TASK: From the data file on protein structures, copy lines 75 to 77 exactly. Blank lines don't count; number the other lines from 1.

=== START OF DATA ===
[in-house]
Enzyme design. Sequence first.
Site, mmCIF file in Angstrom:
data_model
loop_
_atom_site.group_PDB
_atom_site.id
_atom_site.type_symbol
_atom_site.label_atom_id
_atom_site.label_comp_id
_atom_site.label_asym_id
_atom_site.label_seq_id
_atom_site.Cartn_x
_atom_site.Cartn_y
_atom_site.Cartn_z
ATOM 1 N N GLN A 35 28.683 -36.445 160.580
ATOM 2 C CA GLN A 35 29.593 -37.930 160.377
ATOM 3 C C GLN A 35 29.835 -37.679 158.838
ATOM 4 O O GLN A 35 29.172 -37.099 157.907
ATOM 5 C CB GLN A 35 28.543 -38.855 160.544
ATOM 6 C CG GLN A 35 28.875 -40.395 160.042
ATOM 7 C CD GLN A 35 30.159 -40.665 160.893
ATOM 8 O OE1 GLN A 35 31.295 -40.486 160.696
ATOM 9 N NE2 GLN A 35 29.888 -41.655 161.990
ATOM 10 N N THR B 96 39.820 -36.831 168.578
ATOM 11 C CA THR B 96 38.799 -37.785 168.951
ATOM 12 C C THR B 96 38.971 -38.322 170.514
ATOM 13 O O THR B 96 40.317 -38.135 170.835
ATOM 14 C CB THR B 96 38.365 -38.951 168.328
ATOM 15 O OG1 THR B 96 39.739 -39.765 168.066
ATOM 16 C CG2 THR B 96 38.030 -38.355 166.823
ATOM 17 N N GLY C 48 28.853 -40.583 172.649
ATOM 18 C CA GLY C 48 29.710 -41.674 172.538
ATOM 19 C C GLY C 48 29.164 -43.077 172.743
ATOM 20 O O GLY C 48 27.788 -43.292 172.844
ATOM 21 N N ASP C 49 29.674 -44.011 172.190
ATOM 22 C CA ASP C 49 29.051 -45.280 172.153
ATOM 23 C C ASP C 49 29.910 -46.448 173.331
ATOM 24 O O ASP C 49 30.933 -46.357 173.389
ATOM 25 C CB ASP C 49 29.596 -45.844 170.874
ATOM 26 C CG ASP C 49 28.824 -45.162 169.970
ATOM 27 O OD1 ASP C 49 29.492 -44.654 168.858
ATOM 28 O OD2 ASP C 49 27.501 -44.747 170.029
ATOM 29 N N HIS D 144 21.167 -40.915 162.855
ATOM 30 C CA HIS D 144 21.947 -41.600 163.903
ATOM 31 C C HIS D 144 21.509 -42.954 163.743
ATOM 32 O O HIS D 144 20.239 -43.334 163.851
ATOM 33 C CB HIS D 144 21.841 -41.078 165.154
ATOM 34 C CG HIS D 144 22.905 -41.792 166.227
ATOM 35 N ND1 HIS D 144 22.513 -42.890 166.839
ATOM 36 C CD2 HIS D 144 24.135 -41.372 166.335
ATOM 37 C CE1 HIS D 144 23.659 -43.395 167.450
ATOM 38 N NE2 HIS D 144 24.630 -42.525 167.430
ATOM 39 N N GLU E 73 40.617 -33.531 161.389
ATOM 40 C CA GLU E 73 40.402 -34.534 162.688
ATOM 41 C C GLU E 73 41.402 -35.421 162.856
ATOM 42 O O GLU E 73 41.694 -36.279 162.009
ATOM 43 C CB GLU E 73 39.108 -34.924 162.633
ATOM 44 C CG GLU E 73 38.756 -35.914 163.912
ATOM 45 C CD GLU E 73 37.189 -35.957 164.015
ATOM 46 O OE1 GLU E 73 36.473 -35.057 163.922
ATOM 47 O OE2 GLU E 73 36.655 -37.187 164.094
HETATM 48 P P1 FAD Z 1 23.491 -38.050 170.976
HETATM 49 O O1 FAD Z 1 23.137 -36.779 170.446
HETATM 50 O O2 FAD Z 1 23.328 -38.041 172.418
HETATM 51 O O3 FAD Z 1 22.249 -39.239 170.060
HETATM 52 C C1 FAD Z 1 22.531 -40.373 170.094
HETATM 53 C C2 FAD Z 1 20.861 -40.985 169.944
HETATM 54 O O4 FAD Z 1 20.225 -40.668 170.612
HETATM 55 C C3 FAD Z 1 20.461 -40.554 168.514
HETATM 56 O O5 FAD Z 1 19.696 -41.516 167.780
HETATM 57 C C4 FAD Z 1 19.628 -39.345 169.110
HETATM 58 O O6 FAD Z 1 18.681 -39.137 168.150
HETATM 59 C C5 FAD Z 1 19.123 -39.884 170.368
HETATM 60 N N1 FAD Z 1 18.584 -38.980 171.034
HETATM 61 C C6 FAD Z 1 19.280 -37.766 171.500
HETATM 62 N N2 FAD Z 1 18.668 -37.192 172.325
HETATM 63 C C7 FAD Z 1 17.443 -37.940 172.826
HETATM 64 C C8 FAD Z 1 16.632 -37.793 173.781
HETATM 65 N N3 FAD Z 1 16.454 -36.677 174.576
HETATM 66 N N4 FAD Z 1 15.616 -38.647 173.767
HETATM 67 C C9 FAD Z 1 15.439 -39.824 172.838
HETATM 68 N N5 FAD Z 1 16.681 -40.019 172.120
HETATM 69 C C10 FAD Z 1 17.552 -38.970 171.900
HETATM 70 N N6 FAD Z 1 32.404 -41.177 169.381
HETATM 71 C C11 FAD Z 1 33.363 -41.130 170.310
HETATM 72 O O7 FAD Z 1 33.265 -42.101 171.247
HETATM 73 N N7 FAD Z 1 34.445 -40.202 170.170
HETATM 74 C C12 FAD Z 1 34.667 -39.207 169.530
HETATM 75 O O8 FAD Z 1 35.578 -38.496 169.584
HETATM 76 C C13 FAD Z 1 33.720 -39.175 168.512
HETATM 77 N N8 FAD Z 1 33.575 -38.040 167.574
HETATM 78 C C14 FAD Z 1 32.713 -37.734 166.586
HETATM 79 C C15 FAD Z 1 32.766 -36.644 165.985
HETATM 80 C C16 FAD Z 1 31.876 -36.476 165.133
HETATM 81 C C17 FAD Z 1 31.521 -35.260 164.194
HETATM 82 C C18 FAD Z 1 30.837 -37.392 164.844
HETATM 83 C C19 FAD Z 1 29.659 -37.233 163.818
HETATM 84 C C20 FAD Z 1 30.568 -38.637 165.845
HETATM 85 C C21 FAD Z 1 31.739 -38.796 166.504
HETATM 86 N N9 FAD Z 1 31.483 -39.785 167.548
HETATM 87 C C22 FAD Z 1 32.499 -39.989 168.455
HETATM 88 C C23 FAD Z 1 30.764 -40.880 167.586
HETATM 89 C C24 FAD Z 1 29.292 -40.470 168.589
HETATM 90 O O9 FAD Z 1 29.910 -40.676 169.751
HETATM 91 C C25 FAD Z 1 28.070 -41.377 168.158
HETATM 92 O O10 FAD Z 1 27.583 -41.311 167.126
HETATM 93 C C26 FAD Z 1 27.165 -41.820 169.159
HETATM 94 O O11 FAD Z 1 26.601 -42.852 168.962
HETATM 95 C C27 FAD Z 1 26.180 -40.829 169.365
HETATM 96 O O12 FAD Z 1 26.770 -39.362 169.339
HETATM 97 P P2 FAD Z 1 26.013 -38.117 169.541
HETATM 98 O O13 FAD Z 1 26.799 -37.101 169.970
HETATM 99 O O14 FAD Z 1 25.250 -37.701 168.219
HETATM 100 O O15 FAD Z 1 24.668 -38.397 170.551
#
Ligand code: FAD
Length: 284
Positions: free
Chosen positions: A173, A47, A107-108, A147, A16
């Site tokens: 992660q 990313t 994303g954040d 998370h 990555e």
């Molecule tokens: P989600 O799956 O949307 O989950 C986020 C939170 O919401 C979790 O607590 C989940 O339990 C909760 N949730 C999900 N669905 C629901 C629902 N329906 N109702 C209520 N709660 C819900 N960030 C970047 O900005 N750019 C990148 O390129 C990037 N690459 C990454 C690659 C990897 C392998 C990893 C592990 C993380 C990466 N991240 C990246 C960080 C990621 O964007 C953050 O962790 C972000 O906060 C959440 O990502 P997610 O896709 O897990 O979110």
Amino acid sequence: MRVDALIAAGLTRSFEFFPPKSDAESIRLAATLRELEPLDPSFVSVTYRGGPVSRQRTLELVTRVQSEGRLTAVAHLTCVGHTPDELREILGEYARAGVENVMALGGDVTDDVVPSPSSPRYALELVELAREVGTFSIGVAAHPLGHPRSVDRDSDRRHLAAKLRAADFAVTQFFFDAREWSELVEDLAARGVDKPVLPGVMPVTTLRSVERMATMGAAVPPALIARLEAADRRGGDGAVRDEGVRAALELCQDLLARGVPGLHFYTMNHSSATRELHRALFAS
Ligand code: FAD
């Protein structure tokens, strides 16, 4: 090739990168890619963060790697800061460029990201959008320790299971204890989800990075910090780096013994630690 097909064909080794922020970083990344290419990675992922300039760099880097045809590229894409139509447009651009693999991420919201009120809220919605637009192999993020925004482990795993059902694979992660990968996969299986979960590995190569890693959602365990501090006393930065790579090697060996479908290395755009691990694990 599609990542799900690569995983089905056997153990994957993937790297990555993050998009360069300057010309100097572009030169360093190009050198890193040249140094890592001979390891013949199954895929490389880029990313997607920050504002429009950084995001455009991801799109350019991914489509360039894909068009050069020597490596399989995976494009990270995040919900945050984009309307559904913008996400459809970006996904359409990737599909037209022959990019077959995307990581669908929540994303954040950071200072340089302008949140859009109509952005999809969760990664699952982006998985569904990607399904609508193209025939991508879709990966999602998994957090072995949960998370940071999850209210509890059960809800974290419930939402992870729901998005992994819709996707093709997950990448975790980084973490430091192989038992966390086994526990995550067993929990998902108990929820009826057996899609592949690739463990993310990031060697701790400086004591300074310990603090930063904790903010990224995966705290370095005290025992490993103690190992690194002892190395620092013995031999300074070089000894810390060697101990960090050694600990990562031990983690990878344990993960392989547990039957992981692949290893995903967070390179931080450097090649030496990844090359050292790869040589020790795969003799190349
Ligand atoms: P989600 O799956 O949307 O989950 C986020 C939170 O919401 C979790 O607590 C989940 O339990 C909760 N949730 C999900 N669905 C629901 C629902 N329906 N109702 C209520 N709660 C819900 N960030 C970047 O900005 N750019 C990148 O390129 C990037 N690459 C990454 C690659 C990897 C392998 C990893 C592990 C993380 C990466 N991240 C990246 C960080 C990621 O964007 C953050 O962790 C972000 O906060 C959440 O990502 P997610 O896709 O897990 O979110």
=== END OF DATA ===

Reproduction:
HETATM 60 N N1 FAD Z 1 18.584 -38.980 171.034
HETATM 61 C C6 FAD Z 1 19.280 -37.766 171.500
HETATM 62 N N2 FAD Z 1 18.668 -37.192 172.325